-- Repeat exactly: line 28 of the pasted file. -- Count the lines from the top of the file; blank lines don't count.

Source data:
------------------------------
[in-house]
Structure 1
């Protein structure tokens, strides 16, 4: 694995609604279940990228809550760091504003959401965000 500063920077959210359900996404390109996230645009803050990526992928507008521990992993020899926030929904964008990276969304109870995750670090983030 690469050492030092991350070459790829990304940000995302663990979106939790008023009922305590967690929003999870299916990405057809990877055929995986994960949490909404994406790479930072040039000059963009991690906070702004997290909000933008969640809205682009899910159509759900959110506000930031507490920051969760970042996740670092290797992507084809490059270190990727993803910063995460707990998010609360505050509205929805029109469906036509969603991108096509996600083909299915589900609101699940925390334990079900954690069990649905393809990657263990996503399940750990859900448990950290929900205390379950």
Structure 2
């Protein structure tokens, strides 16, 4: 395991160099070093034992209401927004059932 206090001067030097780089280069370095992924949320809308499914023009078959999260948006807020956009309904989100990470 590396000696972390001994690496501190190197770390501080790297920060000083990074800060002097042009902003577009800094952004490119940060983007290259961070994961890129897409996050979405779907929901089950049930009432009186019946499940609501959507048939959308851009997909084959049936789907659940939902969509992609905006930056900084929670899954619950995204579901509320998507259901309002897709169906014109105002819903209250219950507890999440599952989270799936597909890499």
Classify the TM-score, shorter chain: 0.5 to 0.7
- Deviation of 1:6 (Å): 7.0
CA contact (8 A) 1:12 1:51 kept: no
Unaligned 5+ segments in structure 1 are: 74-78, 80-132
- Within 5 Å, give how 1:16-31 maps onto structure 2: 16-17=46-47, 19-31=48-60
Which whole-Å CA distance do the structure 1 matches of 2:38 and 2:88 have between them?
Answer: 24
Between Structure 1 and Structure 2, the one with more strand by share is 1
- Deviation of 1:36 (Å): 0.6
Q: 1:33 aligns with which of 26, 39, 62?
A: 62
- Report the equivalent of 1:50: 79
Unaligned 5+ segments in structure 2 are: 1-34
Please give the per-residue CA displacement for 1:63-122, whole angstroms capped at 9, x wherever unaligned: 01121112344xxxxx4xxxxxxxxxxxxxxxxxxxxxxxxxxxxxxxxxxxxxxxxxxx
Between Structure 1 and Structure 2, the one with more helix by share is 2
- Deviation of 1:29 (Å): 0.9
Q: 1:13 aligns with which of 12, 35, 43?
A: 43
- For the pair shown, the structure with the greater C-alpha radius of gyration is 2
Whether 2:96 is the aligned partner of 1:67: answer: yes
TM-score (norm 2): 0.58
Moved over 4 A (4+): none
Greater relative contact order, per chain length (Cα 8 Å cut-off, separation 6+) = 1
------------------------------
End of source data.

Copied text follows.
Greater relative contact order, per chain length (Cα 8 Å cut-off, separation 6+) = 1